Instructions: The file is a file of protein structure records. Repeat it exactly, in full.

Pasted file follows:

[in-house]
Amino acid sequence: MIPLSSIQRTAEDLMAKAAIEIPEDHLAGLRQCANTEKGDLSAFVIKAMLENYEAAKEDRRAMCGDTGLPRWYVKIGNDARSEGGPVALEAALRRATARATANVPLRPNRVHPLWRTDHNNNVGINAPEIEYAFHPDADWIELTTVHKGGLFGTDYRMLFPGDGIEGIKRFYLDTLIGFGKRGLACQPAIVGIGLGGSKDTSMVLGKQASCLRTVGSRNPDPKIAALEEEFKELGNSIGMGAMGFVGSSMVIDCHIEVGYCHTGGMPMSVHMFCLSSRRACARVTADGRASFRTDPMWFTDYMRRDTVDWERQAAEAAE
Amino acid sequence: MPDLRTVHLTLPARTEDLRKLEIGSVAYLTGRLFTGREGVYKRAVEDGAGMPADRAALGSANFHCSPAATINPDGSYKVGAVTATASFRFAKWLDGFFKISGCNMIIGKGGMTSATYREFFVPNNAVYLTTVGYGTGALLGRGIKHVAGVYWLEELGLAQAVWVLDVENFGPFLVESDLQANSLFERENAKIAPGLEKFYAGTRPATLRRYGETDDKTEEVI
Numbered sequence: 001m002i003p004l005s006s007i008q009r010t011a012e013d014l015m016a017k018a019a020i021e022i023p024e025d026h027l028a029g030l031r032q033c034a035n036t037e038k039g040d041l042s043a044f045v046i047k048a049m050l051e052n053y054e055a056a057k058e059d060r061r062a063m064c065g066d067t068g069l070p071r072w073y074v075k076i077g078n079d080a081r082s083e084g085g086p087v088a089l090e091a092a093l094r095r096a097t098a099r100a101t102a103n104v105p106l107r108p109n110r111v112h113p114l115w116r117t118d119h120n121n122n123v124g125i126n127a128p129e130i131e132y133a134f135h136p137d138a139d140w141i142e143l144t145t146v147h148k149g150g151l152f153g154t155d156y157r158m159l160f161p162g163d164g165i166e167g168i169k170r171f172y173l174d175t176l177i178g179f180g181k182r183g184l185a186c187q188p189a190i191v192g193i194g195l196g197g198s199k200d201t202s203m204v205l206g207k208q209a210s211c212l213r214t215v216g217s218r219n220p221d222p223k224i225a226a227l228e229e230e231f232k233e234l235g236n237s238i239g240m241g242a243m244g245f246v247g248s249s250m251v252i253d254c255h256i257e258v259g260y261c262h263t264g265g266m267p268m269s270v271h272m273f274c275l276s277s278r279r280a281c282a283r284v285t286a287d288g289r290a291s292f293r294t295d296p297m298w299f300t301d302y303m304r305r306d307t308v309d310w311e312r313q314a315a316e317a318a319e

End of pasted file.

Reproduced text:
[in-house]
Amino acid sequence: MIPLSSIQRTAEDLMAKAAIEIPEDHLAGLRQCANTEKGDLSAFVIKAMLENYEAAKEDRRAMCGDTGLPRWYVKIGNDARSEGGPVALEAALRRATARATANVPLRPNRVHPLWRTDHNNNVGINAPEIEYAFHPDADWIELTTVHKGGLFGTDYRMLFPGDGIEGIKRFYLDTLIGFGKRGLACQPAIVGIGLGGSKDTSMVLGKQASCLRTVGSRNPDPKIAALEEEFKELGNSIGMGAMGFVGSSMVIDCHIEVGYCHTGGMPMSVHMFCLSSRRACARVTADGRASFRTDPMWFTDYMRRDTVDWERQAAEAAE
Amino acid sequence: MPDLRTVHLTLPARTEDLRKLEIGSVAYLTGRLFTGREGVYKRAVEDGAGMPADRAALGSANFHCSPAATINPDGSYKVGAVTATASFRFAKWLDGFFKISGCNMIIGKGGMTSATYREFFVPNNAVYLTTVGYGTGALLGRGIKHVAGVYWLEELGLAQAVWVLDVENFGPFLVESDLQANSLFERENAKIAPGLEKFYAGTRPATLRRYGETDDKTEEVI
Numbered sequence: 001m002i003p004l005s006s007i008q009r010t011a012e013d014l015m016a017k018a019a020i021e022i023p024e025d026h027l028a029g030l031r032q033c034a035n036t037e038k039g040d041l042s043a044f045v046i047k048a049m050l051e052n053y054e055a056a057k058e059d060r061r062a063m064c065g066d067t068g069l070p071r072w073y074v075k076i077g078n079d080a081r082s083e084g085g086p087v088a089l090e091a092a093l094r095r096a097t098a099r100a101t102a103n104v105p106l107r108p109n110r111v112h113p114l115w116r117t118d119h120n121n122n123v124g125i126n127a128p129e130i131e132y133a134f135h136p137d138a139d140w141i142e143l144t145t146v147h148k149g150g151l152f153g154t155d156y157r158m159l160f161p162g163d164g165i166e167g168i169k170r171f172y173l174d175t176l177i178g179f180g181k182r183g184l185a186c187q188p189a190i191v192g193i194g195l196g197g198s199k200d201t202s203m204v205l206g207k208q209a210s211c212l213r214t215v216g217s218r219n220p221d222p223k224i225a226a227l228e229e230e231f232k233e234l235g236n237s238i239g240m241g242a243m244g245f246v247g248s249s250m251v252i253d254c255h256i257e258v259g260y261c262h263t264g265g266m267p268m269s270v271h272m273f274c275l276s277s278r279r280a281c282a283r284v285t286a287d288g289r290a291s292f293r294t295d296p297m298w299f300t301d302y303m304r305r306d307t308v309d310w311e312r313q314a315a316e317a318a319e